Whatever Khloé’s intentions might be, there’s something unsettling about her actions. It’s not enough, apparently, for her to morph her body into something more resembling her sisters. We’re made to believe that Khloé is not like them, not the effortless ideal, but if she works hard, and shows her work, she might be allowed to become a proxy of their beauty. The message it sends is that we can’t be like them, but if we try our hardest, we can pretend to be, and we should want to pretend to be. We should want to get as far away from the role of “fat sister” as we possibly can, and be willing to go to the lengths Khloé has gone (and continues to go) to get there. Khloé’s even gone so far as to say that Kim was and continues to be her “body motivation.” Nothing about that feels like revenge.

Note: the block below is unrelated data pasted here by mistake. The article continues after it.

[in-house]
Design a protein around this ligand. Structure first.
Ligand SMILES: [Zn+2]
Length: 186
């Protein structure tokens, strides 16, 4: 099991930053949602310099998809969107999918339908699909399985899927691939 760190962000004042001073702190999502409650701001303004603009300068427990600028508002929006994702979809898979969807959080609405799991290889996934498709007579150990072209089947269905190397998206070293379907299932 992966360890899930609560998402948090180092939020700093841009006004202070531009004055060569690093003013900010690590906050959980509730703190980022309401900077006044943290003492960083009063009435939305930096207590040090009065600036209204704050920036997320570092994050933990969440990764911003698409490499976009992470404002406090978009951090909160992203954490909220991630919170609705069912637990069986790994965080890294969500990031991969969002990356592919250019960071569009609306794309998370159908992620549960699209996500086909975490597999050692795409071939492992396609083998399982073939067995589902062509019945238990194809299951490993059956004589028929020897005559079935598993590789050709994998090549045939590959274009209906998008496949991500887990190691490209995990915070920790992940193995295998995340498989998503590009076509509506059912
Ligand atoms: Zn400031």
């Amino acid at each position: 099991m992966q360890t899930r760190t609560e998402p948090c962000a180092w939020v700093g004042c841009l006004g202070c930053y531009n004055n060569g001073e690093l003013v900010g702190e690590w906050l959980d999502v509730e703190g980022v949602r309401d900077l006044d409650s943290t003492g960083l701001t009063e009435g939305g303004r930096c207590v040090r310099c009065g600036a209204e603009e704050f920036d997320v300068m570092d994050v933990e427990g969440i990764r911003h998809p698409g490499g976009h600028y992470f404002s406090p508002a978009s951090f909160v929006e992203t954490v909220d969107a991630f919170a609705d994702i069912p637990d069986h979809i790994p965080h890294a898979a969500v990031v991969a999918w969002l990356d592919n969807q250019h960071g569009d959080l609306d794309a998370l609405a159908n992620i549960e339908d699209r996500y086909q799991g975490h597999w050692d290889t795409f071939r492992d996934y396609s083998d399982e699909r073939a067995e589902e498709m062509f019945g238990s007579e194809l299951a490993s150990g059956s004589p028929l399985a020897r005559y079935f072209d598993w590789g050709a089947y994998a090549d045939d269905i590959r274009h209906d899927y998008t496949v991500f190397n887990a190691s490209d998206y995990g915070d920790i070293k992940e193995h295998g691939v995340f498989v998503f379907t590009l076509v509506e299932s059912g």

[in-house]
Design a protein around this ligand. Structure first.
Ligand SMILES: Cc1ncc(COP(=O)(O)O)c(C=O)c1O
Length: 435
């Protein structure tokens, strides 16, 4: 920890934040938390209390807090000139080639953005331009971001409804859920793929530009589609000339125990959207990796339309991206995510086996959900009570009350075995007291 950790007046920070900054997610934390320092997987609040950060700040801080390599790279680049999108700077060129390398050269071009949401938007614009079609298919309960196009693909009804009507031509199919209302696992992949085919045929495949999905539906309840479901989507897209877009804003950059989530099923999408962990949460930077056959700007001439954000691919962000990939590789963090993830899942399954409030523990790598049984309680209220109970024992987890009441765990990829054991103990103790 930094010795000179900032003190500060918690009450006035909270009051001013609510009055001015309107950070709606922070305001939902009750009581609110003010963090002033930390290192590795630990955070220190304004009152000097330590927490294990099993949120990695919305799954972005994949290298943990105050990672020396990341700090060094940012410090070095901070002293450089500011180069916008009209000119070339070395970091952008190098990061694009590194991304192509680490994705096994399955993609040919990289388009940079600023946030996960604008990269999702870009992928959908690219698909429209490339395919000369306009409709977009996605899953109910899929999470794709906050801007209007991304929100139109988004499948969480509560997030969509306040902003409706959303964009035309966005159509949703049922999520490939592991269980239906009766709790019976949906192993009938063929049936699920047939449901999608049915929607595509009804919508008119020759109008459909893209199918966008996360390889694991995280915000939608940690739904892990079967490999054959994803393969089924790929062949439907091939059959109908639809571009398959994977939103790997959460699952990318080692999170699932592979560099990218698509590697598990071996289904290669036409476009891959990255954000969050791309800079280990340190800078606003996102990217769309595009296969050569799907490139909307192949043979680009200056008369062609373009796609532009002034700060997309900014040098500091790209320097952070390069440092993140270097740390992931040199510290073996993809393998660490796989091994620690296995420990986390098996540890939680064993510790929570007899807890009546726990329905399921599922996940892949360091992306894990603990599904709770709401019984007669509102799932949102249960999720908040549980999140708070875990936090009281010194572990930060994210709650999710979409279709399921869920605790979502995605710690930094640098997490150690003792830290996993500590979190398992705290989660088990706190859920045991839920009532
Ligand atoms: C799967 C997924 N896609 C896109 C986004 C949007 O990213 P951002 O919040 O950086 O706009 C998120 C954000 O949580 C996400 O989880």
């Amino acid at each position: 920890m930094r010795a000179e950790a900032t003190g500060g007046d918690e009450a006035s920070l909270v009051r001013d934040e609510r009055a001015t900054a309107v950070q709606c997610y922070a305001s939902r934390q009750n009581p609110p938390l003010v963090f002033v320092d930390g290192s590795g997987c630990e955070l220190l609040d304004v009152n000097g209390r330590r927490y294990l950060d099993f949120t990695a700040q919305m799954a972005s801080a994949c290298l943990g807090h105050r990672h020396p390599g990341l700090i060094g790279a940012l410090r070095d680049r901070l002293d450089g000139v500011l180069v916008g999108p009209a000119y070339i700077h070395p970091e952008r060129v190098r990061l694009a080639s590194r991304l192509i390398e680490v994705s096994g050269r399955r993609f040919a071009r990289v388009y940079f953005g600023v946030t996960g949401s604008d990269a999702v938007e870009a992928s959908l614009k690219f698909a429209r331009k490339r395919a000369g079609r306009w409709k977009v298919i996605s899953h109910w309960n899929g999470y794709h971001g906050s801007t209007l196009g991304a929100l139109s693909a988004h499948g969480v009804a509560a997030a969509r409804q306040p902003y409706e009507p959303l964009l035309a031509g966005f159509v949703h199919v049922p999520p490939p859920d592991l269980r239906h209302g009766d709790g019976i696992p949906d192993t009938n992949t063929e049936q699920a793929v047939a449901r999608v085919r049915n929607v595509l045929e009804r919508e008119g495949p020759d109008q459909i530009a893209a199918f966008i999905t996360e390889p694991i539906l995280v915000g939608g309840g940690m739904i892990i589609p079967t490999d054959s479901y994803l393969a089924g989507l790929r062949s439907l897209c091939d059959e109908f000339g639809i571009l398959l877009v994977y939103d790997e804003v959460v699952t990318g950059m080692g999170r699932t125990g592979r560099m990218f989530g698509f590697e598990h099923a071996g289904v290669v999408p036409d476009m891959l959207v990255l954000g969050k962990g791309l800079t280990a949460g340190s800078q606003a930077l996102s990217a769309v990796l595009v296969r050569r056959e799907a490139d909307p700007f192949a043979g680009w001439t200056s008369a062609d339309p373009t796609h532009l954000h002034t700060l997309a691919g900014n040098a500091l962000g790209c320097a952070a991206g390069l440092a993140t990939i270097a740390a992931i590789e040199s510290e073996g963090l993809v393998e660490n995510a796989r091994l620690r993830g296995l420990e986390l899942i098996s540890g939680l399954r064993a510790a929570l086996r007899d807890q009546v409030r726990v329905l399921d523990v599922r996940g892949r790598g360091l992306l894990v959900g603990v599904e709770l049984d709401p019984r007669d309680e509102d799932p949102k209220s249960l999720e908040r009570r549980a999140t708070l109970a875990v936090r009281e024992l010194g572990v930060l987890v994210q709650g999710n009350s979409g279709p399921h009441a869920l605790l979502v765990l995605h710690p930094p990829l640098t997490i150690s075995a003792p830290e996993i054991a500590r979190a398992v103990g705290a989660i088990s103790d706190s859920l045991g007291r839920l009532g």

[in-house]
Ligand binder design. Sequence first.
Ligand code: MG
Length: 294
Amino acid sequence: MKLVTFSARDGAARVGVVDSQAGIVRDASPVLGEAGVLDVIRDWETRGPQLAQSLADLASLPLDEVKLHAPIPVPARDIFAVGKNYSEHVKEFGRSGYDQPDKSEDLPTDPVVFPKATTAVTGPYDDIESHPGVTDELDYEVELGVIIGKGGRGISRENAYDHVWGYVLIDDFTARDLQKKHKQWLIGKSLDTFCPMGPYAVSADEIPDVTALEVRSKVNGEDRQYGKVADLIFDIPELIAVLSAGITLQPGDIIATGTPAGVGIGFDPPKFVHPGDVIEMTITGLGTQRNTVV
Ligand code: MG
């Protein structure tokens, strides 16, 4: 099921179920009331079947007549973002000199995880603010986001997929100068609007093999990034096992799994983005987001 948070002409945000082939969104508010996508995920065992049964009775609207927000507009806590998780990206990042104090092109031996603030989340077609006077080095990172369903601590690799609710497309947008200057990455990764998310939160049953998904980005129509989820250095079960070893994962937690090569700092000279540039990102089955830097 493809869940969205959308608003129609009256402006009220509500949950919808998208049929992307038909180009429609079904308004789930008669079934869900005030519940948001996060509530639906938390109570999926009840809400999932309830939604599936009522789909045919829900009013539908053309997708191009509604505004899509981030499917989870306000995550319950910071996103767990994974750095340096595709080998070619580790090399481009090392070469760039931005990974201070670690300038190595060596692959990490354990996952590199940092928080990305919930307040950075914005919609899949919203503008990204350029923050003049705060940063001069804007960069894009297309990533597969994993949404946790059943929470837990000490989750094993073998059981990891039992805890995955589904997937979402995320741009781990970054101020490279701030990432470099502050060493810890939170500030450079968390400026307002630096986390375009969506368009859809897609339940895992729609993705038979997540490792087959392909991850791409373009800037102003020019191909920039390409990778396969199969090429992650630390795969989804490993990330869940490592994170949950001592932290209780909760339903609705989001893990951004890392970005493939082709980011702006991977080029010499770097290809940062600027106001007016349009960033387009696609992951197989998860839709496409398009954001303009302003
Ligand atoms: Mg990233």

This article was published in Family Values Issue #74 | Spring 2017

Lauren Hoffman is a writer and pop culture critic from Seattle. She is a regular contributor to and Vulture. Her work has also appeared in BuzzFeed, The Nervous Breakdown, The Stranger, City Arts, and more. She has no cats.